Kung Fu

Know the History And Basic Principles of Kung Fu!

The Term:

Historically, the term “Kung Fu” is not featured in any ancient texts. It was first coined by a Frenchman named Jean Joseph Marie Amiot, a missionary. He resided in the 18th Century, in a recommendation to Chinese martial arts. Kung Fu is also called Gongfu, Wushu, or Kuoshu, however originally signifies competence in any skill and not unique to martial arts. Let’s go deep into the history and basic principles of Kung Fu.

Quick History:
Kung Fu History

The practice, viewpoint, and idea of Kung Fu are traceable to ancient Chinese texts. These are like Zhuang Zi, Dao De Jing, and Sun Zi Bing Fa (Art of War written by Sun Zi). Also, all composed between 1111-255 BC. These texts include passages associated with the practice, proliferation, and principles of Chinese martial arts; however, Kung Fu is understood today.

One theory concerning the first written history of Kung Fu recommends that the Yellow Emperor, who reigned from 2698 BC, wrote the very first writing on Chinese martial arts. Others give Taoist monks credit for presenting an art form but look like contemporary Tai Chi around 500 BC. Then in 39-92 ADVERTISEMENT, Pan Ku included “Six Chapters of Hand Fighting” in his discourse on the Han dynasty’s history (Han Shu). As martial arts appeal advanced, a physician named Hua Tuo wrote his writing entitled “Five Animals Play” in 220 AD.

Kung Fu had become a typical word in the West in the late 1960s, popularized by martial arts motion pictures and TV series. Today, the Western world has also seen an immense upsurge in the development and production of martial arts motion pictures starring amazing actors/masters such as Jackie Chan and Jet Li.

Basic Principles of Kung Fu:
Fundamental Principles

The idea of Kung Fu focuses on three fundamental concepts– Self-discipline, time, and inspiration.

According to specialists, the genuine inspiration behind discovering Kung Fu is an inspiration. However, it does not need to originate from an inner yearning to develop the mind and learn and body. The motivation here is the fundamental driving force. There is no worldly or external gain for the learner. And, the only reward is that of understanding, strength, wisdom, and ability.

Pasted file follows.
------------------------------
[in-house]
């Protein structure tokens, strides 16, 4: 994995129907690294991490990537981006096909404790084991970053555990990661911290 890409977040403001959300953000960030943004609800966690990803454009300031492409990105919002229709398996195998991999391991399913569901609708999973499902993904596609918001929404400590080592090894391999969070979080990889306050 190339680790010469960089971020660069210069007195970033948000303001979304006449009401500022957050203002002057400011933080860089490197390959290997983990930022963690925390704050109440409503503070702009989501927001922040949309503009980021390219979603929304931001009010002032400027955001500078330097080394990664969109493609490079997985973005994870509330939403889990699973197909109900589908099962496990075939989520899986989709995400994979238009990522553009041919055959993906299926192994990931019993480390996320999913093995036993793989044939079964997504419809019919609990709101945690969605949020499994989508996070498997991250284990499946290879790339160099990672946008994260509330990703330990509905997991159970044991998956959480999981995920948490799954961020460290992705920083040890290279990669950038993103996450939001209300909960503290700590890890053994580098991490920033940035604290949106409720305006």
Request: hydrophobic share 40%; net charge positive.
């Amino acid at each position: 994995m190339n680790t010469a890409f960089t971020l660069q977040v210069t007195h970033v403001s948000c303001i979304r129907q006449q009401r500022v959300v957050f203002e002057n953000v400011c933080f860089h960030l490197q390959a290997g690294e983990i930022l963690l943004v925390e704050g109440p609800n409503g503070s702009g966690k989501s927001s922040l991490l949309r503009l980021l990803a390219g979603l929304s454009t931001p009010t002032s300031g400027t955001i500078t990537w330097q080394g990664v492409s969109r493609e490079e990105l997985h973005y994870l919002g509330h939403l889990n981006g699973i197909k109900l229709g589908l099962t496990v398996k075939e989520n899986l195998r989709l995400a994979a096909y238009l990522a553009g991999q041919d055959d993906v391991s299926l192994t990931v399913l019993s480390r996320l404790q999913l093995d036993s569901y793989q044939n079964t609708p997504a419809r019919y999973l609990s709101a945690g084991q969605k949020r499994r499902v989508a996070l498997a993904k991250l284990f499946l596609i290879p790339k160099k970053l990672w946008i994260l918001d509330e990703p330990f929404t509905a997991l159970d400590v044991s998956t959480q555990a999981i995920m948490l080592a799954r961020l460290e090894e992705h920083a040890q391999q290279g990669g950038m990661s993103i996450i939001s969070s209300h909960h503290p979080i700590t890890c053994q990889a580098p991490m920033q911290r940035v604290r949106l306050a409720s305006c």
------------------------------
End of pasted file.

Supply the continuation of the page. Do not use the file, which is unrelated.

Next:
In Kung Fu, discipline is complementary to motivation. Without the penalty, inspiration is just an inactive state of mind.

Time is the course of excellence in martial arts. When motivation and self-control have embedded in, a learner has to invest a significant amount of time putting body and mind into practice. An influenced learner does not have the opportunity to waste time, stay idle, or delight in fruitless activities. Everything done by him/her ought to show genuine inspiration and self-discipline.

Styles and variations:

Over time, various variations and designs have shown up in martial arts, or Kung Fu. A few of the more popular ones include Karate, Escrima, Wing Chun, Jujitsu, Judo, Tae Kwon Do, Shaolin, White Crane, T’ai Chi Ch’uan, and Bagua Zhang.

Historically, the ancient text does not feature the term “Kung Fu”. People call Kung Fu as Gongfu, Wushu, or Kuoshu and initially represents competence in any ability. It is not unique to martial arts.

One theory regarding the first written history of Kung Fu recommends that the Yellow Emperor, who ruled from 2698 BC, composed the very first treatise on Chinese martial arts. According to experts, the real motivation behind discovering Kung Fu is an inspiration and not force, which needs to come from an inner craving to learn and develop the mind and body. In Kung Fu, discipline is complementary to inspiration. These principles of Kung Fu are inspirational for everyone.

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